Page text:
A journalist who was expelled from Turkey two years ago has told the IBTimes UK that Raccip Tayyip Erdogan is using the failed military coup to build a government-friendly media which the Turkish president is trying to "cow" into submission.

Mahir Zeynalov has been documenting on social media – to date – the jailing of 77 journalists, including 42 who face charges relating to the failed coup on 15 July and has been posting images of the journalists on Twitter.

Zeynalov, who is from Azerbaijan but lived and worked in Turkey for many years and has a Turkish wife, was expelled in 2014 for posting tweets against state officials. He has tweeted images of those who have been victims of a clampdown which has seen the closure of 131 media outlets. He used to write for the mass circulation daily Zaman.

He told IBTimes UK via email that the developments over the last three weeks were ironic given that it was the media which helped Erdogan thwart the coup.

"We journalists supported the civilian government that night when the coup was unfolding. But the next day he started to shut down our newspapers and TV channels and arrested our colleagues.

"Erdogan is not only cracking down on the critical media, but he is also building a loyalist one. He does not "hate" the media, he understands its power.

Turkey's President Tayyip Erdogan during a rally in Istanbul on Sunday 7 August to protest against last month's failed military coup attempt. There is concern in European capitals at the number of post-coup arrests which included dozens of journalist Reuters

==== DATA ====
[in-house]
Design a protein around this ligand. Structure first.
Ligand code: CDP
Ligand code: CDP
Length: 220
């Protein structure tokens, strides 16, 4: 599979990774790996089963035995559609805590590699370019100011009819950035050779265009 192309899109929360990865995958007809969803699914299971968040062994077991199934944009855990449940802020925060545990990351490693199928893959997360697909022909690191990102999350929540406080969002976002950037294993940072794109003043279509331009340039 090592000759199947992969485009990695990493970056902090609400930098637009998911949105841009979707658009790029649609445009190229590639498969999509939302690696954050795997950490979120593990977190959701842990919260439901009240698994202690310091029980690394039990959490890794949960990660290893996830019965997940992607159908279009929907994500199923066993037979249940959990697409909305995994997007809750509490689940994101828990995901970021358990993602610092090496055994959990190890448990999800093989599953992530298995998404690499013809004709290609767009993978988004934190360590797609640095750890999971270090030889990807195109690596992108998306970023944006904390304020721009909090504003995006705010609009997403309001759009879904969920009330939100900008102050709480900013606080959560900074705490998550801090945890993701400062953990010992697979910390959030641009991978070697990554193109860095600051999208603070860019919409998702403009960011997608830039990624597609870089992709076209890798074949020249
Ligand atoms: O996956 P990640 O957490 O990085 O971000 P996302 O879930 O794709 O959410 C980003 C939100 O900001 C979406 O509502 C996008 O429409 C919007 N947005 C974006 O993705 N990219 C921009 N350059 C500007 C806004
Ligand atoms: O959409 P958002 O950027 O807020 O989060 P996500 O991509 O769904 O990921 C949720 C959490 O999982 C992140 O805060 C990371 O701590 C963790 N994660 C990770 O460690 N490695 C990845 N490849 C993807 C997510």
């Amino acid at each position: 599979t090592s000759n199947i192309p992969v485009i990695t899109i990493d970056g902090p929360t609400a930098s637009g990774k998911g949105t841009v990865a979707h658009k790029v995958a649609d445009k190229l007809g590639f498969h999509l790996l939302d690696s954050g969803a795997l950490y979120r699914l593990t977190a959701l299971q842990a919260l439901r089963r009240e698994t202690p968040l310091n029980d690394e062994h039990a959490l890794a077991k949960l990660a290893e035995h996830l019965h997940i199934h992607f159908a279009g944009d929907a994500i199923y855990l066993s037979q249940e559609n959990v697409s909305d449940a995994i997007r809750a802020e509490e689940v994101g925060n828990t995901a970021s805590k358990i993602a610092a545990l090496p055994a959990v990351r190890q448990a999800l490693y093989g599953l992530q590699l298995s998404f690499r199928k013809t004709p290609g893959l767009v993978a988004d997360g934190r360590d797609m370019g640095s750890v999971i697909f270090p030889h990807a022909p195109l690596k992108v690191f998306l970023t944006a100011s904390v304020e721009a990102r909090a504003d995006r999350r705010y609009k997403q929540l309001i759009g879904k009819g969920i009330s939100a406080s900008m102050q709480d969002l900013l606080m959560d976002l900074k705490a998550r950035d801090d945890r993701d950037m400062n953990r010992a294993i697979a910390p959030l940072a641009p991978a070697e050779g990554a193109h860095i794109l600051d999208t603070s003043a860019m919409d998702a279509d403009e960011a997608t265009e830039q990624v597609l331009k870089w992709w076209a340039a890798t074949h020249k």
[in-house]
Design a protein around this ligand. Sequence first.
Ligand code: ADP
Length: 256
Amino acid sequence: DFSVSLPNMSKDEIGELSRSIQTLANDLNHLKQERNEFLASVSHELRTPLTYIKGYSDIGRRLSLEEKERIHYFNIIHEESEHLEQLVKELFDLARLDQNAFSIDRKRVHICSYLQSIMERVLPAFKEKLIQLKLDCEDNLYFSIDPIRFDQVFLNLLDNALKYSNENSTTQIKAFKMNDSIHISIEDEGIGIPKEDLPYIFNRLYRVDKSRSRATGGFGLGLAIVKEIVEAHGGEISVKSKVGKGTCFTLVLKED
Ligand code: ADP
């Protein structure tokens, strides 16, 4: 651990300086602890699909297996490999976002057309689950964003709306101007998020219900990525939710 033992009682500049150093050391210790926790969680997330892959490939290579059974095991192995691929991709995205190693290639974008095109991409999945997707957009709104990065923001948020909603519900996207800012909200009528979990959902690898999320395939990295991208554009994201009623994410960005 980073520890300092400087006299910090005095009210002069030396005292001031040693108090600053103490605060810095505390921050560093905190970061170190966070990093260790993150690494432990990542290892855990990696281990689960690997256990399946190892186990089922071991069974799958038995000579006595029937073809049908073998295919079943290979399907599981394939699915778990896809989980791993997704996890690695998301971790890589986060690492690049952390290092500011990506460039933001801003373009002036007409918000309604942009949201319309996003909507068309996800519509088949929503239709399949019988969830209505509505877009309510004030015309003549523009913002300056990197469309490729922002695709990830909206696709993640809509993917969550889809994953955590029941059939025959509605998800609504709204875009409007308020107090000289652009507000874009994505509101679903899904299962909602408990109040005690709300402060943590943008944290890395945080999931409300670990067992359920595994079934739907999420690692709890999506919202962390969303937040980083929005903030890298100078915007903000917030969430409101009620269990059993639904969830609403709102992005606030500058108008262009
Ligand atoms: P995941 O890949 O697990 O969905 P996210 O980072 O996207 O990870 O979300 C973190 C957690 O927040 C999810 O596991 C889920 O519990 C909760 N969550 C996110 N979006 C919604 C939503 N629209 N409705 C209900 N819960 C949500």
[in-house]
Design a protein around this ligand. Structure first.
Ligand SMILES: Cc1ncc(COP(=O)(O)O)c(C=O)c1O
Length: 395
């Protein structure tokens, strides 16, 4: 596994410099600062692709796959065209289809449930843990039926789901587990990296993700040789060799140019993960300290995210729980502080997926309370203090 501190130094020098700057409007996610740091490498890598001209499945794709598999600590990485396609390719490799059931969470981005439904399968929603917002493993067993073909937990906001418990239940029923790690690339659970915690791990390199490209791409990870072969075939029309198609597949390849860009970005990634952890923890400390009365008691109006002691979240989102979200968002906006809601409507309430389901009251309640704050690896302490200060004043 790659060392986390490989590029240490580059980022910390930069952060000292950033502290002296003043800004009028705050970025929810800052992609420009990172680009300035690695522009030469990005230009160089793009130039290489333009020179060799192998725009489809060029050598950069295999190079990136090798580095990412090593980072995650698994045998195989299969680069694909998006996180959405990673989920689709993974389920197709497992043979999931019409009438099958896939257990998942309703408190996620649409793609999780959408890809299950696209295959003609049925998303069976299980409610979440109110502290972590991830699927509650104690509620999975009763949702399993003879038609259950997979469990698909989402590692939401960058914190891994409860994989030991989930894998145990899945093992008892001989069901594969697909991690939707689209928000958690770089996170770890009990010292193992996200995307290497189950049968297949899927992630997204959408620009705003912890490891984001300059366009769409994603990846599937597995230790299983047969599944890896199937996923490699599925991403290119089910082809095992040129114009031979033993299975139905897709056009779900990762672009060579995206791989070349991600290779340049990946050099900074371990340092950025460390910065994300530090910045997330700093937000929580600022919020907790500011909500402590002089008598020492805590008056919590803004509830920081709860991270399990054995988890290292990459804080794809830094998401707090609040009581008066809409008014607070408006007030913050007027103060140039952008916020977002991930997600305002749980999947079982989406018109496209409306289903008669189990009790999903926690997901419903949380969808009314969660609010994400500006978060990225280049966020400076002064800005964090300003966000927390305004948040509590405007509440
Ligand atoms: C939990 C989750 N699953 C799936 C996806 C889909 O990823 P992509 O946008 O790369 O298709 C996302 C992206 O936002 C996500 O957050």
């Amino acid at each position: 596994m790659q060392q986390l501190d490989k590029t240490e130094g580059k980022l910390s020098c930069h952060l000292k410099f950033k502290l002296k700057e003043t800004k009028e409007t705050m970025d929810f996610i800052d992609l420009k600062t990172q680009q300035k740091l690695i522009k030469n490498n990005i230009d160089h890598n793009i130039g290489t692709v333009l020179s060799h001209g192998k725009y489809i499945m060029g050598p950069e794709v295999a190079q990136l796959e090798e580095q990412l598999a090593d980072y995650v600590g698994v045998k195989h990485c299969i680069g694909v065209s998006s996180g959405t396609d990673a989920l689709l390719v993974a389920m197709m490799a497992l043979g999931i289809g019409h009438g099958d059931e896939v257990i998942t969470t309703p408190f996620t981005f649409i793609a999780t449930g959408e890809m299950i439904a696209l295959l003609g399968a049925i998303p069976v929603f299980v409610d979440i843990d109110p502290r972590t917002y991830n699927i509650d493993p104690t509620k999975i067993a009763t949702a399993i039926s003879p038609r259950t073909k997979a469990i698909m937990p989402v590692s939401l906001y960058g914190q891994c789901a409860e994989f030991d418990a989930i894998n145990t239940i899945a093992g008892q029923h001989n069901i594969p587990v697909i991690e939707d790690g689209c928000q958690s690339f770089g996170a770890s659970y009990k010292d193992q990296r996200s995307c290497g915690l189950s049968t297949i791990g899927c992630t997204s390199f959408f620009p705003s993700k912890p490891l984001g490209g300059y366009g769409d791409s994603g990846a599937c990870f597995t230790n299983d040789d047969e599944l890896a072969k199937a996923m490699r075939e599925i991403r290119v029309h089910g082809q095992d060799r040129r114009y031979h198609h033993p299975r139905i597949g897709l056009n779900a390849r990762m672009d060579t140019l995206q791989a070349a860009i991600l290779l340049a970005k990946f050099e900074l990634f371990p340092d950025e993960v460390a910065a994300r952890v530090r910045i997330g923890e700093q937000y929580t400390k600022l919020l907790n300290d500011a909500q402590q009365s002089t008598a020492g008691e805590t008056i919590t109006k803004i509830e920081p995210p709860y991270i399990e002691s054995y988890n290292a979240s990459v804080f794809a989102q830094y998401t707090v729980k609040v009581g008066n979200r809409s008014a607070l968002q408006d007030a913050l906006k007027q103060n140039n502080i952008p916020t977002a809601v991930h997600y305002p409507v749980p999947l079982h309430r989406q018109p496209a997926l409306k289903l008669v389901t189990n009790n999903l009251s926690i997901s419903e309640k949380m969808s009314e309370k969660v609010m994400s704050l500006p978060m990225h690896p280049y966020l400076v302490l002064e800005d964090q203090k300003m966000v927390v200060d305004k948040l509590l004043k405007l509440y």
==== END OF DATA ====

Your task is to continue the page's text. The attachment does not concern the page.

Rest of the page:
"He is skilfully transforming the media climate in his favour. He is nearing the end to completely cow the media into submission."

Zeynalov believes it almost impossible for anyone in Turkey to write anything critical about the government, saying: "Even those journalists who don't believe we are moving toward a better democratic governance pretend to be a pro-government to avoid arrest," he said.

Mahir Zeynalov has been tweeting about the media clampdown in Turkey

Call to reinstate the death penalty

On Sunday 7 August, Erdogan told a vast rally of more than one million people in Istanbul that the republic would be cleansed of all supporters of the US-based cleric Fethullah Gulen, who is blamed for the failed uprising. The exiled cleric, based in Pennsylvania, denies any involvement. On Monday 8 August, Turkish authorities arrested 10 foreign nationals suspected of ties to Gulen.

Erdogan went on to say that if he got the backing of the parliament and the public, he would approve the return of the death penalty in comments which have unsettled many in European capitals.

To reinstate the death penalty, which was abolished in 2004 – although no prisoner has been executed in Turkey since 1984 – would require a referendum by a super-majority of Turkish parliament members, which the ruling AKP currently does not have in the 330-seat house.

But a bigger barrier could be its relationship with Europe, given that Ankara has ratified Protocol 6 of the European Convention on Human Rights (ECHR).

Kristin Hausler, from the British Institute of International and Comparative Law (BIICL) told IBTimes UK: "Turkey would then have to amend its Constitution and denounce Protocol 6 of the ECHR, in order to reinstate the death penalty, which would be seen by the international community as a step backwards."

On Monday 8 August, Austria's foreign minister Sebastian Kurz threatened that Vienna would veto further talks on Turkish membership of the European Union, endangering the EU's controversial migrant deal with Turkey.